The Atari Lynx was the world’s first colour handheld computer game system. It was developed by a company called Epyx who called the project "Handy". After completion in 1987 Atari bought the rights to it. They changed the internal speaker, removed the thumb stick on the control pad and released it as the ''Lynx'' in 1989. The price was set in the US at $189.95. RJ Mical and Dave Needle (the inventors), were also members of the Amiga design team and to Atari's frustration the Commodore Amiga was used as the software development platform.
In 1991, Atari re-launched the Lynx with new packaging, slightly improved hardware, and a new sleek design. The new "Lynx II" featured rubber hand grips on the back and a backlit color screen with the option of turning the backlight off to save precious battery power. It also replaced the mono headphone jack of the original Lynx with one for stereo sound.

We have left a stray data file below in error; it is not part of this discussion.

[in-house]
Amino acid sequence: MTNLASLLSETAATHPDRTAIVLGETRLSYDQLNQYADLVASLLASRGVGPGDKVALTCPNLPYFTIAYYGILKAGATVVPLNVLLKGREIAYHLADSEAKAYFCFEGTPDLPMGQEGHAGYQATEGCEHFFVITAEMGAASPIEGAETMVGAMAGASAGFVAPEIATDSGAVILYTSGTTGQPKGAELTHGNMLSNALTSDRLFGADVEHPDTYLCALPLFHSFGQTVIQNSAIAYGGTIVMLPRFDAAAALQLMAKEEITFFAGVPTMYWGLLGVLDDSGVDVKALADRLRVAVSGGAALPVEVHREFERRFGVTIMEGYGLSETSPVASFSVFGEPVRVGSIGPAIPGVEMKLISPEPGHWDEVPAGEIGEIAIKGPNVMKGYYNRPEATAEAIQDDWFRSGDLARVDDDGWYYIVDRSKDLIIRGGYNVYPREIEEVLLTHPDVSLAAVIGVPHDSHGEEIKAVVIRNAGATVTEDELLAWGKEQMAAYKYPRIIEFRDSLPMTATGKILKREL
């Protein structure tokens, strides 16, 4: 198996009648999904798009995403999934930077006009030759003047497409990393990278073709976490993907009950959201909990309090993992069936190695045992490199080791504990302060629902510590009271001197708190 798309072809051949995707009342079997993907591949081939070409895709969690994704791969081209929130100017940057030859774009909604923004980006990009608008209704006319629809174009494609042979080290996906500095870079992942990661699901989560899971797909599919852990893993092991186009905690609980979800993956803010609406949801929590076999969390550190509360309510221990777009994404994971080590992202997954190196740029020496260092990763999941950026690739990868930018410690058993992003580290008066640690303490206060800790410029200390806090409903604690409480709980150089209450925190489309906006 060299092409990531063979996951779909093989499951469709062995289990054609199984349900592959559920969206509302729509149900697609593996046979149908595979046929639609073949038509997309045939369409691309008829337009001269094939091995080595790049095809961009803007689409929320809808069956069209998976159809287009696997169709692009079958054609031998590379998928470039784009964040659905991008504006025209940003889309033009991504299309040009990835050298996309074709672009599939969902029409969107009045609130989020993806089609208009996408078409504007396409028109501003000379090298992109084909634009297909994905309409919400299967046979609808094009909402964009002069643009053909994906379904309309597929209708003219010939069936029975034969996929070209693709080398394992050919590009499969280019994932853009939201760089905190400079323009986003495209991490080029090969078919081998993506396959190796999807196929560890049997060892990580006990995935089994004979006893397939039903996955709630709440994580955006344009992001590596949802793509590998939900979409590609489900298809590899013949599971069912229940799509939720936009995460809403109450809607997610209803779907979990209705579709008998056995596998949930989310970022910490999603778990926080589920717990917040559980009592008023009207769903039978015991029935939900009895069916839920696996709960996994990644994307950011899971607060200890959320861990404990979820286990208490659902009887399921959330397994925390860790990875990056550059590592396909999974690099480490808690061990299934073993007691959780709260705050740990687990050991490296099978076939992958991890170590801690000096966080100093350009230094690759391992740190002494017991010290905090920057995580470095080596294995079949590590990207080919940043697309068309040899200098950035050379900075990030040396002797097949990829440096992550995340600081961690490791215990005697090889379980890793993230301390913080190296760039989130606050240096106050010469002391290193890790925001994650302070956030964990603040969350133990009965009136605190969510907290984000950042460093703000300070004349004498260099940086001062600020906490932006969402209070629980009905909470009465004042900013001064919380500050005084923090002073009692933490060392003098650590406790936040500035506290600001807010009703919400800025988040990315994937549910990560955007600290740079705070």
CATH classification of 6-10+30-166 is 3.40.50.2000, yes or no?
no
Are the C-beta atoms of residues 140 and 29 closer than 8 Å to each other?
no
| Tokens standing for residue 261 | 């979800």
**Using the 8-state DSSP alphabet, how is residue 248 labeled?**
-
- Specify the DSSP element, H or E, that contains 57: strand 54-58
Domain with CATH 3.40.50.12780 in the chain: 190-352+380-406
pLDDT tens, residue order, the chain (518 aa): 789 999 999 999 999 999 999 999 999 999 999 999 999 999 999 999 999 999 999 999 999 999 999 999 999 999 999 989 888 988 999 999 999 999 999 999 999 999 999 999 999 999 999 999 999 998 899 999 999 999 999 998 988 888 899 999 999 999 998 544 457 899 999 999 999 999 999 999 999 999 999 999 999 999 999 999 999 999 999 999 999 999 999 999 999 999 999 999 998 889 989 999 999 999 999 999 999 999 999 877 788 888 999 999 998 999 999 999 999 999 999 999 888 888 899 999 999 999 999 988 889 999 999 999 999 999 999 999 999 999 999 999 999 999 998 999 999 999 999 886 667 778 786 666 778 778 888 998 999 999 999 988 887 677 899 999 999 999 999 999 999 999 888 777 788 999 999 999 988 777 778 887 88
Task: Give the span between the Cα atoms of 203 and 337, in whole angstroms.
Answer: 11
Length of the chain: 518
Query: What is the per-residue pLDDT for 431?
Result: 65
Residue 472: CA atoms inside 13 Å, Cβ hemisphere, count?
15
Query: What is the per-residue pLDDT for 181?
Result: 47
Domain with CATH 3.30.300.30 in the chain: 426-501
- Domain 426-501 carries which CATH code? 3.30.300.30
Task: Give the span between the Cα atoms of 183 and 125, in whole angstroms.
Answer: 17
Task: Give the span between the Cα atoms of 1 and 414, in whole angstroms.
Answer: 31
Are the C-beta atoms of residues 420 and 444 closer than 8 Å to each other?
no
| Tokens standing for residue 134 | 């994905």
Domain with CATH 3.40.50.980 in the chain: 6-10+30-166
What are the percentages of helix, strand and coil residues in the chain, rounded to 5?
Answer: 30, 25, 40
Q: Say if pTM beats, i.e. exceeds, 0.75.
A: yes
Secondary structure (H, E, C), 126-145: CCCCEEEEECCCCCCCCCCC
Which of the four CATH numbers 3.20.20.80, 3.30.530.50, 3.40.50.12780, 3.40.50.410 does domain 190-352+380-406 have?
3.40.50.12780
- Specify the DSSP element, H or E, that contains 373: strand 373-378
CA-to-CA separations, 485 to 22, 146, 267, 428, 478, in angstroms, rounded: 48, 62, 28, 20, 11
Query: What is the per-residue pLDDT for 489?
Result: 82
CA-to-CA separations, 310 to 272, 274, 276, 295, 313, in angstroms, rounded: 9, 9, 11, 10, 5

The units also had a unique screen flip function allowing for right and left handed play. It also features the ability to link up to 17 other units via ComLynx cables. Despite this ability most games only network up to eight or less players. The hardware can zoom and distort sprites and has the capacity for drawing filled polygons allowing for some groundbreaking 3D games.
Originally the game media was set to be loaded from tape. It thankfully changed to using ROM. These appeared as incredibly thin flat cartridges. The cartridge styles changed from flat to ridged and finally to one with a curved upper lip. Later releases appear on a PCB (printed circuit board).
There is a great collection of games for the Lynx, to see what they are and get information on them, check out the Game Database.
The Lynx came with a great assortment of accessories, ranging from official Atari accessories to third party ones. You can read more about them here: Atari Lynx Accessories
Games and other software for the Lynx can be emulated. To learn more about that, see this page - Atari Lynx Emulation
If you're into the hardware side of the Lynx, have a look at the Lynx Hardware Notes page.
This information is courtesy of Lee Chapman, the admin of the Atari Lynx Fans group.